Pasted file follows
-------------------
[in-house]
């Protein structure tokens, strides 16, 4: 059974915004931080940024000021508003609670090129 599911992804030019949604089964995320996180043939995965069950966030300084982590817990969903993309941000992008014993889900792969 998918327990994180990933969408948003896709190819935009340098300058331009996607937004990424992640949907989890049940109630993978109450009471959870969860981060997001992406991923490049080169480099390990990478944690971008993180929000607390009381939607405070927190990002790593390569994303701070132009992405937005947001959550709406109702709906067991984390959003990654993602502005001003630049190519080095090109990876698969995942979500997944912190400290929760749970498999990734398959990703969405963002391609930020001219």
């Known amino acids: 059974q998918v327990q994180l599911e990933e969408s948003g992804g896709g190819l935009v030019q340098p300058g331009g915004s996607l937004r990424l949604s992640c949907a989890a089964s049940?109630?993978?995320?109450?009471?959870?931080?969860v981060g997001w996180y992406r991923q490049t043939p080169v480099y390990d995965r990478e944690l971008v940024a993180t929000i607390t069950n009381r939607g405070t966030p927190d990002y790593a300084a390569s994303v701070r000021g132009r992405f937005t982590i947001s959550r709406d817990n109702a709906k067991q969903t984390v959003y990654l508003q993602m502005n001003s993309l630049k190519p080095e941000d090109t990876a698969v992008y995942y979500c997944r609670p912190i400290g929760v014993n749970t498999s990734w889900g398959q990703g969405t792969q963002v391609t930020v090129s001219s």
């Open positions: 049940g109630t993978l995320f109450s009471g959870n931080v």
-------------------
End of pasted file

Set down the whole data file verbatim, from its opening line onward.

[in-house]
């Protein structure tokens, strides 16, 4: 059974915004931080940024000021508003609670090129 599911992804030019949604089964995320996180043939995965069950966030300084982590817990969903993309941000992008014993889900792969 998918327990994180990933969408948003896709190819935009340098300058331009996607937004990424992640949907989890049940109630993978109450009471959870969860981060997001992406991923490049080169480099390990990478944690971008993180929000607390009381939607405070927190990002790593390569994303701070132009992405937005947001959550709406109702709906067991984390959003990654993602502005001003630049190519080095090109990876698969995942979500997944912190400290929760749970498999990734398959990703969405963002391609930020001219």
């Known amino acids: 059974q998918v327990q994180l599911e990933e969408s948003g992804g896709g190819l935009v030019q340098p300058g331009g915004s996607l937004r990424l949604s992640c949907a989890a089964s049940?109630?993978?995320?109450?009471?959870?931080?969860v981060g997001w996180y992406r991923q490049t043939p080169v480099y390990d995965r990478e944690l971008v940024a993180t929000i607390t069950n009381r939607g405070t966030p927190d990002y790593a300084a390569s994303v701070r000021g132009r992405f937005t982590i947001s959550r709406d817990n109702a709906k067991q969903t984390v959003y990654l508003q993602m502005n001003s993309l630049k190519p080095e941000d090109t990876a698969v992008y995942y979500c997944r609670p912190i400290g929760v014993n749970t498999s990734w889900g398959q990703g969405t792969q963002v391609t930020v090129s001219s």
């Open positions: 049940g109630t993978l995320f109450s009471g959870n931080v």